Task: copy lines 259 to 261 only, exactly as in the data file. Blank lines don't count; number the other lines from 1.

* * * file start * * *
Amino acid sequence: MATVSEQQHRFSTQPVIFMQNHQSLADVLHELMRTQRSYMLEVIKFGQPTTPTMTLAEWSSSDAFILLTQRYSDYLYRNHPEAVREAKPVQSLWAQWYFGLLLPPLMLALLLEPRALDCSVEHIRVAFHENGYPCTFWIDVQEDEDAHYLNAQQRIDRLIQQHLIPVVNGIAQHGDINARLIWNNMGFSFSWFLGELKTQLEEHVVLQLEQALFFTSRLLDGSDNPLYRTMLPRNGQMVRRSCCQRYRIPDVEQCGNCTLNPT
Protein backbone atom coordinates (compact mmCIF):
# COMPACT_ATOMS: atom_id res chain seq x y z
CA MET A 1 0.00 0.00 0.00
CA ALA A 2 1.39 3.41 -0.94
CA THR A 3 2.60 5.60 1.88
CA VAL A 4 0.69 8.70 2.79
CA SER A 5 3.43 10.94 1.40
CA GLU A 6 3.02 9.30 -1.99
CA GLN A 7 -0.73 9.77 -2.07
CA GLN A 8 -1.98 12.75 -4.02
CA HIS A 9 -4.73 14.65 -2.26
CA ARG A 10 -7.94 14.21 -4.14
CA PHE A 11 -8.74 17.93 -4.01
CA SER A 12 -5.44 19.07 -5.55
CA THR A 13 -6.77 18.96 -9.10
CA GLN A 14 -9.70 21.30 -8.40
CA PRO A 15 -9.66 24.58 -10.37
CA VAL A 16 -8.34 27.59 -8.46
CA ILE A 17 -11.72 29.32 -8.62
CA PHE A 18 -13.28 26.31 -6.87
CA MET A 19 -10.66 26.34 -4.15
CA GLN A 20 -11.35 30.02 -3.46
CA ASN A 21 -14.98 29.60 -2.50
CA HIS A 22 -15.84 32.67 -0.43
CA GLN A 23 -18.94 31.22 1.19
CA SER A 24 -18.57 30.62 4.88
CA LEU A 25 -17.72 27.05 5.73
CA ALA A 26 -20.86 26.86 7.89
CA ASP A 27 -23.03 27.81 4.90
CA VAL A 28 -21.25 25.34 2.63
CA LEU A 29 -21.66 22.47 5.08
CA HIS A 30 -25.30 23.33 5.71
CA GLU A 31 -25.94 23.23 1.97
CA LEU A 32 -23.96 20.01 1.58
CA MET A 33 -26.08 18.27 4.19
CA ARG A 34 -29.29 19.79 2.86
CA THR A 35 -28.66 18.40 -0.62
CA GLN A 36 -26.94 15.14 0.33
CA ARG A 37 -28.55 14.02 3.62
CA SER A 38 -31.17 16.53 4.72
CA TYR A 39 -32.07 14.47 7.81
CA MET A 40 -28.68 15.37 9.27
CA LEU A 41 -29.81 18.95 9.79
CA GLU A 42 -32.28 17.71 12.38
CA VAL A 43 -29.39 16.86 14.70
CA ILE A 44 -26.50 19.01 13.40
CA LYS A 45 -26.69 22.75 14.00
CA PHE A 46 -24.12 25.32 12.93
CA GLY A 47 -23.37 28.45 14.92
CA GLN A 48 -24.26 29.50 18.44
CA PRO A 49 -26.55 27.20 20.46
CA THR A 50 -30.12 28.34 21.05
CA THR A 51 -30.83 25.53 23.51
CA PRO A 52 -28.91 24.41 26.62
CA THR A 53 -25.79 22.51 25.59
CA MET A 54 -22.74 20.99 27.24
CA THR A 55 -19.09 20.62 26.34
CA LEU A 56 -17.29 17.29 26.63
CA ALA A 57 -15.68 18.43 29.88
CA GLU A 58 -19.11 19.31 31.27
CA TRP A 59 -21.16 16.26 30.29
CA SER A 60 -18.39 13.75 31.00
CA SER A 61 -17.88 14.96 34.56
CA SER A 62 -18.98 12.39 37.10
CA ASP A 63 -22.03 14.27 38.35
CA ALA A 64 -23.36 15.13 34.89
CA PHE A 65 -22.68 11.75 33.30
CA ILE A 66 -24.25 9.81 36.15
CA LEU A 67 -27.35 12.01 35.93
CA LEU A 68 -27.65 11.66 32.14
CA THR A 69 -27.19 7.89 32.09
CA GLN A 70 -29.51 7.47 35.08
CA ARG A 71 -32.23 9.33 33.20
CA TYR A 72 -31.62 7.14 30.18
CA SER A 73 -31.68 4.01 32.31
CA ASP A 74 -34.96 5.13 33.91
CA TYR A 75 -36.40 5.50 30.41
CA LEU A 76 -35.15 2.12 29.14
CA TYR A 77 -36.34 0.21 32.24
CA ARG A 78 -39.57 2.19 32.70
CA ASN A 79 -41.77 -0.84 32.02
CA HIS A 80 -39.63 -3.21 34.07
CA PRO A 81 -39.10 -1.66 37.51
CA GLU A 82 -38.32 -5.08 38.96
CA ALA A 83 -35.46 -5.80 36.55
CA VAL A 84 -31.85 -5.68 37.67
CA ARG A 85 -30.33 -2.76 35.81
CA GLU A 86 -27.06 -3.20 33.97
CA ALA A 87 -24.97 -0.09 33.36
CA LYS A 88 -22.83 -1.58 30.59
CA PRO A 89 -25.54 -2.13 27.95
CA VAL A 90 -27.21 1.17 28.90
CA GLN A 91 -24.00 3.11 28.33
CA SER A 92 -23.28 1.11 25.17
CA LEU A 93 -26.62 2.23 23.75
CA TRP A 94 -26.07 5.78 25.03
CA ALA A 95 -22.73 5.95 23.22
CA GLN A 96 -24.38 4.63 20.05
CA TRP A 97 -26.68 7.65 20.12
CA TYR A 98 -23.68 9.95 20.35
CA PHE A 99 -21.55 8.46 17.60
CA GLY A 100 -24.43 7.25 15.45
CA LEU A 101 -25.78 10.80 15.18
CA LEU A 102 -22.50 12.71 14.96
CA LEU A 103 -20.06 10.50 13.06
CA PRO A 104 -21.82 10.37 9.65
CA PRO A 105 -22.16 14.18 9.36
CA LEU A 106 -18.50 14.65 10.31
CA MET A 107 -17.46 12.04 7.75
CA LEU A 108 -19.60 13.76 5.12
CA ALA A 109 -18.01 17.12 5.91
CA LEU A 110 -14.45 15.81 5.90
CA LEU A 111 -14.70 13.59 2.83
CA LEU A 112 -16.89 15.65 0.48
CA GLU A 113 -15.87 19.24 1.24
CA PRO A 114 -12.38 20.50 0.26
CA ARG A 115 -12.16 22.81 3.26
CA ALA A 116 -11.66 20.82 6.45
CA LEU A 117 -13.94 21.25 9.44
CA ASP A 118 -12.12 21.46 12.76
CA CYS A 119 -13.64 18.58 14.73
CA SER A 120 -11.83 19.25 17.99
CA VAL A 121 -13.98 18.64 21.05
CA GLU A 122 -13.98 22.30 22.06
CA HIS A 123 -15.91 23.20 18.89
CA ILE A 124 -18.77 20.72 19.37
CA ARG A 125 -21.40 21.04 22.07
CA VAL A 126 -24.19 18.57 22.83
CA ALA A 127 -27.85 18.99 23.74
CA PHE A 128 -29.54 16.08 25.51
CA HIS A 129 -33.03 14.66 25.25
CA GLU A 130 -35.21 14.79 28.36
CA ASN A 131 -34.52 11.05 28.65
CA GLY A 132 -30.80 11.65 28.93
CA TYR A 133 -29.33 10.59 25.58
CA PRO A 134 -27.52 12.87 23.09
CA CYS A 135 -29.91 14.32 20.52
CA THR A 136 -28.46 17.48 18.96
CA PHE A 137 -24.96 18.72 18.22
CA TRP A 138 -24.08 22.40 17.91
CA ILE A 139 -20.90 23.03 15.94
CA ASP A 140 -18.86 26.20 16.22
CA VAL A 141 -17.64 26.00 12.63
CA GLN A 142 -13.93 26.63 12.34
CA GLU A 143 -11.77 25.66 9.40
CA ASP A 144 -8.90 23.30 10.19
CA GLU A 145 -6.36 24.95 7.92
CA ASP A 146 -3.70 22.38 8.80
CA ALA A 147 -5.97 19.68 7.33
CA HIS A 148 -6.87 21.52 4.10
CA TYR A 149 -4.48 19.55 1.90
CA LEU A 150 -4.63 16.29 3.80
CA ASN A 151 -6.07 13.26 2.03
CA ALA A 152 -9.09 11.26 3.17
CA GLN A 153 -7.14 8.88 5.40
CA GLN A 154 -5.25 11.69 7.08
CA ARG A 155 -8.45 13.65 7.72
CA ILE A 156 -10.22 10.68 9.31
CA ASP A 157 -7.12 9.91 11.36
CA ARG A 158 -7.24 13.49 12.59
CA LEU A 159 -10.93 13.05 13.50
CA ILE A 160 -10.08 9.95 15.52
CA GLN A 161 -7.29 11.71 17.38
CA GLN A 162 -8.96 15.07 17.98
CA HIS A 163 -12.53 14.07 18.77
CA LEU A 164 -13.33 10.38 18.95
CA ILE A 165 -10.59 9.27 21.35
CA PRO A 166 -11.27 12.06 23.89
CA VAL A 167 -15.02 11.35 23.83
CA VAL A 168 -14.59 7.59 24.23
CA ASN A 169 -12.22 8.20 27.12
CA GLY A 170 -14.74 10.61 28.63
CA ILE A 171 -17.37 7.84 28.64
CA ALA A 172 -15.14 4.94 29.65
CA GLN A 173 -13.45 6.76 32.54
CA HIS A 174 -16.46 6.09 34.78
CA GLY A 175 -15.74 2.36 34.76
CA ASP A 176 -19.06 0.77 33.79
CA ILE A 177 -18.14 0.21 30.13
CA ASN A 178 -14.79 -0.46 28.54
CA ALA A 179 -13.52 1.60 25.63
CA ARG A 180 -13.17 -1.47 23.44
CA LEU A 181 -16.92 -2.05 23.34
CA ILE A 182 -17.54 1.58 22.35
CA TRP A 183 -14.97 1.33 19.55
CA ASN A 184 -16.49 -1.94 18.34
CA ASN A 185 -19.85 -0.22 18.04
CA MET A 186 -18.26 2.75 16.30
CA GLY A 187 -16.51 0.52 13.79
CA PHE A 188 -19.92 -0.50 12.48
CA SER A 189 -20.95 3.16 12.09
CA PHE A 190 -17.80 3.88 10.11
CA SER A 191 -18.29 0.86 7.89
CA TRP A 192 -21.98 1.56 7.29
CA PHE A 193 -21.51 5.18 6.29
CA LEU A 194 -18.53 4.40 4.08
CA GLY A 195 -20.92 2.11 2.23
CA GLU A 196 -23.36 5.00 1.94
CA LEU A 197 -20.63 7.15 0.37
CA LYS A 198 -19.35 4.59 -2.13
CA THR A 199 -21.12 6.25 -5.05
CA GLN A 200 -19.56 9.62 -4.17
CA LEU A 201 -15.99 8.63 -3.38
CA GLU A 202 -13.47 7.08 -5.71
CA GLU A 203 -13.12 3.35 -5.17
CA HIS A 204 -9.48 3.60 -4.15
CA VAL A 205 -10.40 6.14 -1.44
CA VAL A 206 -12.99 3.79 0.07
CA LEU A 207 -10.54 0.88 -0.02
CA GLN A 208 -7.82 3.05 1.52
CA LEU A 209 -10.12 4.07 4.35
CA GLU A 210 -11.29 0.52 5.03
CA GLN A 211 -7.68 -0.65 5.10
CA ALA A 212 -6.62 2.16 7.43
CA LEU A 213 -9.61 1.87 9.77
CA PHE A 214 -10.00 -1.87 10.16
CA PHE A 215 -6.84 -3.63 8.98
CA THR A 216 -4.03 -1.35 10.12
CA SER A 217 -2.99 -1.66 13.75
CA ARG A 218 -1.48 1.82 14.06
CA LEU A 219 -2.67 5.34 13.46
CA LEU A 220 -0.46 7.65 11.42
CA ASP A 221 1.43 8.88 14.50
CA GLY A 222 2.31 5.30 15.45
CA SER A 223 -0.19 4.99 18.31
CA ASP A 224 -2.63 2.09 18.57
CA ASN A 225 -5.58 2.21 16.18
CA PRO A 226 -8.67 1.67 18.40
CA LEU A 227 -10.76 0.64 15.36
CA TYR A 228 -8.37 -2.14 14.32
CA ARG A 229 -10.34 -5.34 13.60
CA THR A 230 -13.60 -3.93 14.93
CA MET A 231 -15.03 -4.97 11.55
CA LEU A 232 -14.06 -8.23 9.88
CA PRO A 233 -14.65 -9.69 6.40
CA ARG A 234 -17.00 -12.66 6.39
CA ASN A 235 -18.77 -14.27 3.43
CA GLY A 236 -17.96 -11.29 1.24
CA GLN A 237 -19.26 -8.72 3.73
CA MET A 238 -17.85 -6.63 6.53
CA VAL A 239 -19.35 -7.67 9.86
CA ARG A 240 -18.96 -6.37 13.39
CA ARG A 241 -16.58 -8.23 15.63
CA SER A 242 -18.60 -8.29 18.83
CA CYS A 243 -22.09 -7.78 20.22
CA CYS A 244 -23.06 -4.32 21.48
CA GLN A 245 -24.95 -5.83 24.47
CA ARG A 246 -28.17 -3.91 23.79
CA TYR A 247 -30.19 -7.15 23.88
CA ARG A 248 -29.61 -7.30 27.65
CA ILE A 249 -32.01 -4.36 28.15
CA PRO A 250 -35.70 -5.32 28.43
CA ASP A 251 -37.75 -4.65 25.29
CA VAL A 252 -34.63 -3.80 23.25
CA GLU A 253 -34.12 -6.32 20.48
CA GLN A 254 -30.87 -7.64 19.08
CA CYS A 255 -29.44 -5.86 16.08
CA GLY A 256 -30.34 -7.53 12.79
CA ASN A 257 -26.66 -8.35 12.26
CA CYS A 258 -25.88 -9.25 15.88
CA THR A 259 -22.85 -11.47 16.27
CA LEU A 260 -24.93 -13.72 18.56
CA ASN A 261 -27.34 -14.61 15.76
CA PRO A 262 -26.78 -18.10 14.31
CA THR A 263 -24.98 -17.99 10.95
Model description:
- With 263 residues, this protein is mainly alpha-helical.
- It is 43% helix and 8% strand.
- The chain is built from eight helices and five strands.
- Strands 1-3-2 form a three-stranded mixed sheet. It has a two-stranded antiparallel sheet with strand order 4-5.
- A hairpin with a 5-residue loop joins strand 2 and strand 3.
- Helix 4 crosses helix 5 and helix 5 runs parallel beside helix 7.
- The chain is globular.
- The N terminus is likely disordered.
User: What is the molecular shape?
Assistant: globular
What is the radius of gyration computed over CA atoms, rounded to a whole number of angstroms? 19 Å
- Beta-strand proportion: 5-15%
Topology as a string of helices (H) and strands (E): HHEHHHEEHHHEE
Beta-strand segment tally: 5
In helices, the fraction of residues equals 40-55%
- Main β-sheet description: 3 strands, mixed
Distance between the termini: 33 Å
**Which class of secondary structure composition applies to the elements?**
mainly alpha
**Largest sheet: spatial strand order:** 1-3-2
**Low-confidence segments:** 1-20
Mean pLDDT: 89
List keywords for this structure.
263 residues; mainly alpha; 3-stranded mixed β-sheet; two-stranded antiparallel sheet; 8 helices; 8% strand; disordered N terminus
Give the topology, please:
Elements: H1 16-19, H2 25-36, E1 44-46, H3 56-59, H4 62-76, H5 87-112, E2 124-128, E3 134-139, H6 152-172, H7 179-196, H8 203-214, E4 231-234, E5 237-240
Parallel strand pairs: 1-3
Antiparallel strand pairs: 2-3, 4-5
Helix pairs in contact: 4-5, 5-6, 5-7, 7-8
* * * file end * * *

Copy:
CA GLY A 256 -30.34 -7.53 12.79
CA ASN A 257 -26.66 -8.35 12.26
CA CYS A 258 -25.88 -9.25 15.88